I long for the old days when “Love” was more important than the “sex”. You loved your partner because you made a CONCIOUS decision to do so. On St. Valentines Day you exchanged gifts in appreciation for the other person. It was NOT so that you could get selfish sex. Do you or your friends even KNOW WHO this “St. Valentine” was? I bet you DO NOT! Well let me tell you who St. Valentine was. He was a third century priest (presbytery) who served in Rome. Claudius was Emperor of Rome at the time and thought young men would be better GLADIATORS rather than Husbands and fathers. HE essentially outlawed MARRIAGE (something we seem to have done all on our own in less than 75 years in the US). He ‘drafted’ all the young men to be Gladiators who would entertain him by fighting to the death.  St. Valentine knew the importance of marriage and family and defied Claudius. He would marry young couples in secret. Eventually he was caught and Claudius had him put to death making him one of the early martyrs of the Church. The Development of the ‘holiday’ that we celebrate is based on this account mixed with other legends and stories of the MUTUAL Love and Devotion of men and women who were ‘Valentines’ over the ages. Almost un-recognizable today… isn’t it?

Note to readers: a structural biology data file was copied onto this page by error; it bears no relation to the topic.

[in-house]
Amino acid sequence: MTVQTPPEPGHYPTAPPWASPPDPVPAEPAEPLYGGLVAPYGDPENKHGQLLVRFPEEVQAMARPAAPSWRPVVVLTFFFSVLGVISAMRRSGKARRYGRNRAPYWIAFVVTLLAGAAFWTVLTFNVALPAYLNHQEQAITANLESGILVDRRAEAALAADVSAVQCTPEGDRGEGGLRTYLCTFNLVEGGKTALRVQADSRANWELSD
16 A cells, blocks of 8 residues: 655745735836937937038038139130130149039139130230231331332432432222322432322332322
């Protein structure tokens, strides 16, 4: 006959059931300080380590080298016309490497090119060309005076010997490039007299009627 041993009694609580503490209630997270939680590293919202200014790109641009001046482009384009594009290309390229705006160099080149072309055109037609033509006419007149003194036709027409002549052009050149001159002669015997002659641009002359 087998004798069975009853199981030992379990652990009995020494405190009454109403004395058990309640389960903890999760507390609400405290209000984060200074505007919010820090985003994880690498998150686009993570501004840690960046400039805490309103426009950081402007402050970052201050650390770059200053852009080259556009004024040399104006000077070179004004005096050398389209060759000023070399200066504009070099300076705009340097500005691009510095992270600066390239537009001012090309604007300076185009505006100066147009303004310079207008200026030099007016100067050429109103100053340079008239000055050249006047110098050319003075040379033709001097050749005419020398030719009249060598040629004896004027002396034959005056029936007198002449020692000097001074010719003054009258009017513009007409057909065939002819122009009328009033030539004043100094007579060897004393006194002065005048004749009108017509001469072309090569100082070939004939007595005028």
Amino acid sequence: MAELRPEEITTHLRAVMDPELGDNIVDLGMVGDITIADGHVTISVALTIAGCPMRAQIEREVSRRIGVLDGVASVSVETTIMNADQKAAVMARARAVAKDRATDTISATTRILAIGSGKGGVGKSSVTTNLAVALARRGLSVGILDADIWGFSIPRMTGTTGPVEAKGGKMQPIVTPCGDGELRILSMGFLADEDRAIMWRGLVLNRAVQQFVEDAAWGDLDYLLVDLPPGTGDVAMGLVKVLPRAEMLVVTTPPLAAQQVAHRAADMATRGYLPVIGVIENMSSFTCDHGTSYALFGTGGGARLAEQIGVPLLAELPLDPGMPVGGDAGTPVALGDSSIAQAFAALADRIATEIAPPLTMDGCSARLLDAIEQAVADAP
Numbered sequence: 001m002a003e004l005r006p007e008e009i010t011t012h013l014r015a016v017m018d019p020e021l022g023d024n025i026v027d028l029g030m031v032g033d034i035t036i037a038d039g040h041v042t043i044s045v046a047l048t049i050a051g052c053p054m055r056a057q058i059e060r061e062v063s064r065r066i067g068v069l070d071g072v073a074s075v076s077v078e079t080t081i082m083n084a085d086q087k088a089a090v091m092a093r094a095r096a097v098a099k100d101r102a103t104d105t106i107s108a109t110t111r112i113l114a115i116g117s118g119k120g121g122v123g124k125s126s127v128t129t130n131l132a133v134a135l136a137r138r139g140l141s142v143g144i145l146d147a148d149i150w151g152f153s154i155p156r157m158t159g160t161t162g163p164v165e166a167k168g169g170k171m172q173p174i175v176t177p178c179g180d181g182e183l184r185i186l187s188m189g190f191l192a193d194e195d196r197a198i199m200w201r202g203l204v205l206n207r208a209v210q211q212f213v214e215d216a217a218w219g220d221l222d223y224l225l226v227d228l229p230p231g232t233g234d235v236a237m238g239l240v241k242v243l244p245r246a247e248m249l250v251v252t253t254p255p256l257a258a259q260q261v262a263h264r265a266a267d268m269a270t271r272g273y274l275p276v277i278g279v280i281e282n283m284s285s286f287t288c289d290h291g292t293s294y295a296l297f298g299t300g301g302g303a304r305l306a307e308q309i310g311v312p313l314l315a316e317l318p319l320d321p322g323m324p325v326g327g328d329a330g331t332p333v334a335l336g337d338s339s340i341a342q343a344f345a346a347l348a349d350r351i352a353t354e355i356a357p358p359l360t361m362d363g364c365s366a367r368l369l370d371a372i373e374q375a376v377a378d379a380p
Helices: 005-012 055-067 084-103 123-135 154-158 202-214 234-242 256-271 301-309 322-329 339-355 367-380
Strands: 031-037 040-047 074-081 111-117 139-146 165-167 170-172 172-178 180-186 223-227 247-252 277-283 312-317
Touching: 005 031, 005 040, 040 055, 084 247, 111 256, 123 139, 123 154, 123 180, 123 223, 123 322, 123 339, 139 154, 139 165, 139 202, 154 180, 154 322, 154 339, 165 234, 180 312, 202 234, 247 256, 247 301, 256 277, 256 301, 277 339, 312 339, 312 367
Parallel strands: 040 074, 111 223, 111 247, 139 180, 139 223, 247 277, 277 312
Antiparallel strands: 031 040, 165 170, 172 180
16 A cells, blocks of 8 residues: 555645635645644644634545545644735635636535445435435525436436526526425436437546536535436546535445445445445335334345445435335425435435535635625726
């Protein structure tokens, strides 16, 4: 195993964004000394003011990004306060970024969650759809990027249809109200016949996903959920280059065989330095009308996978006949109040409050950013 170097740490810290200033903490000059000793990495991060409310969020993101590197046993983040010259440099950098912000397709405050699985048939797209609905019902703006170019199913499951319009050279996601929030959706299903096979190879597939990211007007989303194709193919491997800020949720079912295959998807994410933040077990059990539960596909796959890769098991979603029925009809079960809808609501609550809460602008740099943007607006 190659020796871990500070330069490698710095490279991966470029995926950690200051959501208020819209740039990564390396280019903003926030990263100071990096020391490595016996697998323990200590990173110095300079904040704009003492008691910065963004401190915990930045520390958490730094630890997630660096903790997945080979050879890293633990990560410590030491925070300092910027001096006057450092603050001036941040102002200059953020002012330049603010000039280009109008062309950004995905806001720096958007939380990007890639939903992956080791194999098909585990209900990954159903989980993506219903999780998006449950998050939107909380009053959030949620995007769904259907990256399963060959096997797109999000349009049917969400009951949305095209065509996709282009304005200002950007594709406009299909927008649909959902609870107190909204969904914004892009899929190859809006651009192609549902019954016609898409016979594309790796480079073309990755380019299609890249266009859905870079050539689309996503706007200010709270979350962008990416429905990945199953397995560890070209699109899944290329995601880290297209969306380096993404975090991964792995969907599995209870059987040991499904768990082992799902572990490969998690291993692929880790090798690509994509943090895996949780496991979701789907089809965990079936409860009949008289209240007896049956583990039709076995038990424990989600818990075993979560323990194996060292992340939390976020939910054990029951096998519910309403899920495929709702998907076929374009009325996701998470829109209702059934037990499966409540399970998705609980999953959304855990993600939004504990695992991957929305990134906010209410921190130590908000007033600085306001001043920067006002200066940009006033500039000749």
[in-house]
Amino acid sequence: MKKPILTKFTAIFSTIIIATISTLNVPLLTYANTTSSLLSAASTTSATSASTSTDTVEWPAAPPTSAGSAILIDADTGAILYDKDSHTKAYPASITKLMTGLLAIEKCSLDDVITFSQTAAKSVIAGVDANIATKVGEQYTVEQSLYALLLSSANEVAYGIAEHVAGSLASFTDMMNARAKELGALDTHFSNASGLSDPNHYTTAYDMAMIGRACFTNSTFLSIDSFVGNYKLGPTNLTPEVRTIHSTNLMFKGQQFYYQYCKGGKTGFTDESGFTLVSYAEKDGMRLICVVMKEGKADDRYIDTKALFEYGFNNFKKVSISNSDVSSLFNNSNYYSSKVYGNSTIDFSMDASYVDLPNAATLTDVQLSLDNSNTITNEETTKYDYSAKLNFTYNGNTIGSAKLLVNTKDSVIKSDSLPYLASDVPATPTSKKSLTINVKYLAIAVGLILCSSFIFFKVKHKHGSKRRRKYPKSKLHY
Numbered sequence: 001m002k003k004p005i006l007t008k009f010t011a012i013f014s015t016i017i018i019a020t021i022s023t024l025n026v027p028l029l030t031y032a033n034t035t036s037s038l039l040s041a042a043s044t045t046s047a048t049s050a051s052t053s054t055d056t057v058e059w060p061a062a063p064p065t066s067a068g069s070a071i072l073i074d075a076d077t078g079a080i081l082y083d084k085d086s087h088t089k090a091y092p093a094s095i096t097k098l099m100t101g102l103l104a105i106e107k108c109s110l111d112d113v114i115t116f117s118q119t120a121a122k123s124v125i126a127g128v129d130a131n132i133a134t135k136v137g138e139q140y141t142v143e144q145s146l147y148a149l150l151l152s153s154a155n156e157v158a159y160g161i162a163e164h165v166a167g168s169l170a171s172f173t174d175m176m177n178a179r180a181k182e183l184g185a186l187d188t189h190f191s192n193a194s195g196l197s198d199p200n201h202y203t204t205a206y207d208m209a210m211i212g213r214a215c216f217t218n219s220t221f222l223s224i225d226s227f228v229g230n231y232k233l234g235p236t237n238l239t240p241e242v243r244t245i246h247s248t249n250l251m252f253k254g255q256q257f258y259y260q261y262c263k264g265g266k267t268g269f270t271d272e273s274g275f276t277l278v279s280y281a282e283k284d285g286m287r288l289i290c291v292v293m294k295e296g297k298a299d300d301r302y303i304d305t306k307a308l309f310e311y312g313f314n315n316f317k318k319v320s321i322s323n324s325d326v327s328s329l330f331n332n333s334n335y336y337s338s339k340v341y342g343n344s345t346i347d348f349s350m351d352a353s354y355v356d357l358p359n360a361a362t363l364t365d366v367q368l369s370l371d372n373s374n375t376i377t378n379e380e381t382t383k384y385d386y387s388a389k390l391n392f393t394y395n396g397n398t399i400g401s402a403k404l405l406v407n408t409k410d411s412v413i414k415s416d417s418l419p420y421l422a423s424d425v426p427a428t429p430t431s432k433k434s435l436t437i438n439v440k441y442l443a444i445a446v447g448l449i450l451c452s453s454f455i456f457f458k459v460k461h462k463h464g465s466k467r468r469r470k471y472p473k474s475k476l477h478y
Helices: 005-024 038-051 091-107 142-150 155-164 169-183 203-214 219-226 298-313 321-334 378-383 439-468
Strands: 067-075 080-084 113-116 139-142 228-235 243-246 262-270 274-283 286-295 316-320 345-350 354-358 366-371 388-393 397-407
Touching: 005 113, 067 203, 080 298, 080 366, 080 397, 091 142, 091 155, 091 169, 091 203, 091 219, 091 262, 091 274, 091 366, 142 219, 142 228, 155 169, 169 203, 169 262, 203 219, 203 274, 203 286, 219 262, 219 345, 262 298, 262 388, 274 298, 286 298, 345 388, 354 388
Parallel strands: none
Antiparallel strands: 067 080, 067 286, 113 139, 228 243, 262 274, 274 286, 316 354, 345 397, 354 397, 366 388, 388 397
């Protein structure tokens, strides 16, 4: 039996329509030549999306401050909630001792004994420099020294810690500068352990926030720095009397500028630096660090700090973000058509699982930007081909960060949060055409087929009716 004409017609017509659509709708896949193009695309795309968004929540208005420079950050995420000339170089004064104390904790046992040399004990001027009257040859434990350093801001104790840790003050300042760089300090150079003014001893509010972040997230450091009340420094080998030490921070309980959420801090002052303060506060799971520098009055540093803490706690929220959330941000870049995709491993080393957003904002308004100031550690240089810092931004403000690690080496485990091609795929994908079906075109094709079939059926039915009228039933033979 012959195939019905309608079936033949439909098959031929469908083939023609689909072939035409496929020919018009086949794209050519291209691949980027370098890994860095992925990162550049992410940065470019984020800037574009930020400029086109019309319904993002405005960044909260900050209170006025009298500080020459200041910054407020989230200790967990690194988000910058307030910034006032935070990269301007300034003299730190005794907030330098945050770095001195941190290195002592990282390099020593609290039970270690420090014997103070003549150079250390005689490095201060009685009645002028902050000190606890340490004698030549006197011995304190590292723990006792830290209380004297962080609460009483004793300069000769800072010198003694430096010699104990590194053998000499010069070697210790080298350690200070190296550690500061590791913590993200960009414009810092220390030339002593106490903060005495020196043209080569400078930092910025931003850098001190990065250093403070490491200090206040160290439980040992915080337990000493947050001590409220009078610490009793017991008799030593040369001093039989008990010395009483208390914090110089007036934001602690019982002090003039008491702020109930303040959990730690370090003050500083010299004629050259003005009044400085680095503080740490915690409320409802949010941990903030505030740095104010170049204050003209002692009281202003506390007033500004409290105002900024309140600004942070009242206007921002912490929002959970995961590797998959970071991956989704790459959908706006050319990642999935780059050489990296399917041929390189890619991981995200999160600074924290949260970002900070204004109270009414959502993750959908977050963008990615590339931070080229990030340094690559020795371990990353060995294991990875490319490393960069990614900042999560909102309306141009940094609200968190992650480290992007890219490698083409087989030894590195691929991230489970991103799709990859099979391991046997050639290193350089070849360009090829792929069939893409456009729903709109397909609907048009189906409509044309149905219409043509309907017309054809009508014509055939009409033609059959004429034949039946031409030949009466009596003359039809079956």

The Holiday was initially meant as a day when a man and a woman would celebrate their love and devotion to one another. It was a conscious decision, a commitment at working to insure that their Love would last. They were giving wholly of themselves. This was when they knew what REAL LOVE was and … still can be.  LOVE is not something that you buy, or earn, or bargain for, or ‘trick’ people into doing. The true definition of Love is, “a conscious decision to always desire the good of the ‘other’ as ‘other’.” That means you desire the good of the other more than breathe itself, simply because of who they are. It is a mutual decision that two people consciously make and keep, working hard at, together, communicating, to keep that focus. We all know that relationships require working TOGETHER. We all need to revisit this true meaning of Love and to celebrate it in a way that St. Valentine would know that his sacrifice for TRUE LOVE was not in vain. Think about it, won’t you?